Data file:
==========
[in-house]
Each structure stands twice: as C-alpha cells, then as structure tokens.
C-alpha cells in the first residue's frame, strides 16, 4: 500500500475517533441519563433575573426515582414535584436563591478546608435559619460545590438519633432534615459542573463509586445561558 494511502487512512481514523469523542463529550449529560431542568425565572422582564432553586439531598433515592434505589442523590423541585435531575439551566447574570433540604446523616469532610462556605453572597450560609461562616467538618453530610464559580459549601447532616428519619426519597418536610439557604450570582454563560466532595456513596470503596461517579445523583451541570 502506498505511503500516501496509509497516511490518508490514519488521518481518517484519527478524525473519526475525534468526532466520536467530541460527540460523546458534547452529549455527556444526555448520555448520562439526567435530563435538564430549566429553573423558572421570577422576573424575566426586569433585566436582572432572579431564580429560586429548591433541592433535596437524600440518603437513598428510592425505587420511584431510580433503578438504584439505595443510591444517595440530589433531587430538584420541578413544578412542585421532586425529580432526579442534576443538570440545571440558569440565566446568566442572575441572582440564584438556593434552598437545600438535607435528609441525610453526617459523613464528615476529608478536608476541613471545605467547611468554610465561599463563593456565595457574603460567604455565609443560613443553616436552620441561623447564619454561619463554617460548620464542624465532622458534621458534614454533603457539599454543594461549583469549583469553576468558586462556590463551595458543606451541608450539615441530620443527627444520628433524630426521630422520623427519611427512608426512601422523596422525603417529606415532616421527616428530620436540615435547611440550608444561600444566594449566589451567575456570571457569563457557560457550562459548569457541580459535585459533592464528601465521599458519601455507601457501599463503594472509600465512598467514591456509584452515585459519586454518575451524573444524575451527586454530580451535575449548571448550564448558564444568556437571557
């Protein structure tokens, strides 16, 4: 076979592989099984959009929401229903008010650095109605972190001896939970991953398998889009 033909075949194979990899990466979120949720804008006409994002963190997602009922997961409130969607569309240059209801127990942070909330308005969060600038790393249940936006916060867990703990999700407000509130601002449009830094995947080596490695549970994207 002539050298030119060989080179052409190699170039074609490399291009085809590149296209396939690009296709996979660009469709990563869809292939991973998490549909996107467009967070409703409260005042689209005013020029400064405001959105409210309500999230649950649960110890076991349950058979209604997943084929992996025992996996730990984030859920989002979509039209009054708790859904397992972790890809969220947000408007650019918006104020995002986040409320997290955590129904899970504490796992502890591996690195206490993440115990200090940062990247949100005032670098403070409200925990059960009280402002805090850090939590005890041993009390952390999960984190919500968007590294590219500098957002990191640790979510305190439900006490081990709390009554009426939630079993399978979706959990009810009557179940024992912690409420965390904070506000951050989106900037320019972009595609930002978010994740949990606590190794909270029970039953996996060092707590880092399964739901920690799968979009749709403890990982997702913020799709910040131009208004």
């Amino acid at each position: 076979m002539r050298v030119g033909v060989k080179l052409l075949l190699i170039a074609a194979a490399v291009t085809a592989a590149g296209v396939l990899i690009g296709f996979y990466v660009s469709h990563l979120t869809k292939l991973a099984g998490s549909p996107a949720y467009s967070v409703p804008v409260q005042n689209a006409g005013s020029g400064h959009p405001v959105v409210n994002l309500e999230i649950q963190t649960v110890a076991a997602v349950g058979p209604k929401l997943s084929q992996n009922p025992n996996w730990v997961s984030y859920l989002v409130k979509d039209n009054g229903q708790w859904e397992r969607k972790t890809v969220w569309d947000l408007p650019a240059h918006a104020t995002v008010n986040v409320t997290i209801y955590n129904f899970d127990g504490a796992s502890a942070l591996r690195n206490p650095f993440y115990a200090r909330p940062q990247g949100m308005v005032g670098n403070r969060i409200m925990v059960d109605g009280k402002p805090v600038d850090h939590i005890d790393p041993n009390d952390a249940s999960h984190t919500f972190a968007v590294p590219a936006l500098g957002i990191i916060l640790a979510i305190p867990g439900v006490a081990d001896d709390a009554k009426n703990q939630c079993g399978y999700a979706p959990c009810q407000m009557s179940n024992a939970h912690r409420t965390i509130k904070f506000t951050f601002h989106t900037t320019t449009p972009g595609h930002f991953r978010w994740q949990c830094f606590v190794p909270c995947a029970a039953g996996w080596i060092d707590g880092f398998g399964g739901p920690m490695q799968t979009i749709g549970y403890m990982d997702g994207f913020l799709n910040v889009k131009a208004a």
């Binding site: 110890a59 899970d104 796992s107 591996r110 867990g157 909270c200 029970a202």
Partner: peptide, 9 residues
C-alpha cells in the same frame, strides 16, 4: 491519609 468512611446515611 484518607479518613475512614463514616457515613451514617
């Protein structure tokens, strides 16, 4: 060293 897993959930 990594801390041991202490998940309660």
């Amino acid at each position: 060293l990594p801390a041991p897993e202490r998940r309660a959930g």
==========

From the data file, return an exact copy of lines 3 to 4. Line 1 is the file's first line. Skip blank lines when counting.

C-alpha cells in the first residue's frame, strides 16, 4: 500500500475517533441519563433575573426515582414535584436563591478546608435559619460545590438519633432534615459542573463509586445561558 494511502487512512481514523469523542463529550449529560431542568425565572422582564432553586439531598433515592434505589442523590423541585435531575439551566447574570433540604446523616469532610462556605453572597450560609461562616467538618453530610464559580459549601447532616428519619426519597418536610439557604450570582454563560466532595456513596470503596461517579445523583451541570 502506498505511503500516501496509509497516511490518508490514519488521518481518517484519527478524525473519526475525534468526532466520536467530541460527540460523546458534547452529549455527556444526555448520555448520562439526567435530563435538564430549566429553573423558572421570577422576573424575566426586569433585566436582572432572579431564580429560586429548591433541592433535596437524600440518603437513598428510592425505587420511584431510580433503578438504584439505595443510591444517595440530589433531587430538584420541578413544578412542585421532586425529580432526579442534576443538570440545571440558569440565566446568566442572575441572582440564584438556593434552598437545600438535607435528609441525610453526617459523613464528615476529608478536608476541613471545605467547611468554610465561599463563593456565595457574603460567604455565609443560613443553616436552620441561623447564619454561619463554617460548620464542624465532622458534621458534614454533603457539599454543594461549583469549583469553576468558586462556590463551595458543606451541608450539615441530620443527627444520628433524630426521630422520623427519611427512608426512601422523596422525603417529606415532616421527616428530620436540615435547611440550608444561600444566594449566589451567575456570571457569563457557560457550562459548569457541580459535585459533592464528601465521599458519601455507601457501599463503594472509600465512598467514591456509584452515585459519586454518575451524573444524575451527586454530580451535575449548571448550564448558564444568556437571557
């Protein structure tokens, strides 16, 4: 076979592989099984959009929401229903008010650095109605972190001896939970991953398998889009 033909075949194979990899990466979120949720804008006409994002963190997602009922997961409130969607569309240059209801127990942070909330308005969060600038790393249940936006916060867990703990999700407000509130601002449009830094995947080596490695549970994207 002539050298030119060989080179052409190699170039074609490399291009085809590149296209396939690009296709996979660009469709990563869809292939991973998490549909996107467009967070409703409260005042689209005013020029400064405001959105409210309500999230649950649960110890076991349950058979209604997943084929992996025992996996730990984030859920989002979509039209009054708790859904397992972790890809969220947000408007650019918006104020995002986040409320997290955590129904899970504490796992502890591996690195206490993440115990200090940062990247949100005032670098403070409200925990059960009280402002805090850090939590005890041993009390952390999960984190919500968007590294590219500098957002990191640790979510305190439900006490081990709390009554009426939630079993399978979706959990009810009557179940024992912690409420965390904070506000951050989106900037320019972009595609930002978010994740949990606590190794909270029970039953996996060092707590880092399964739901920690799968979009749709403890990982997702913020799709910040131009208004």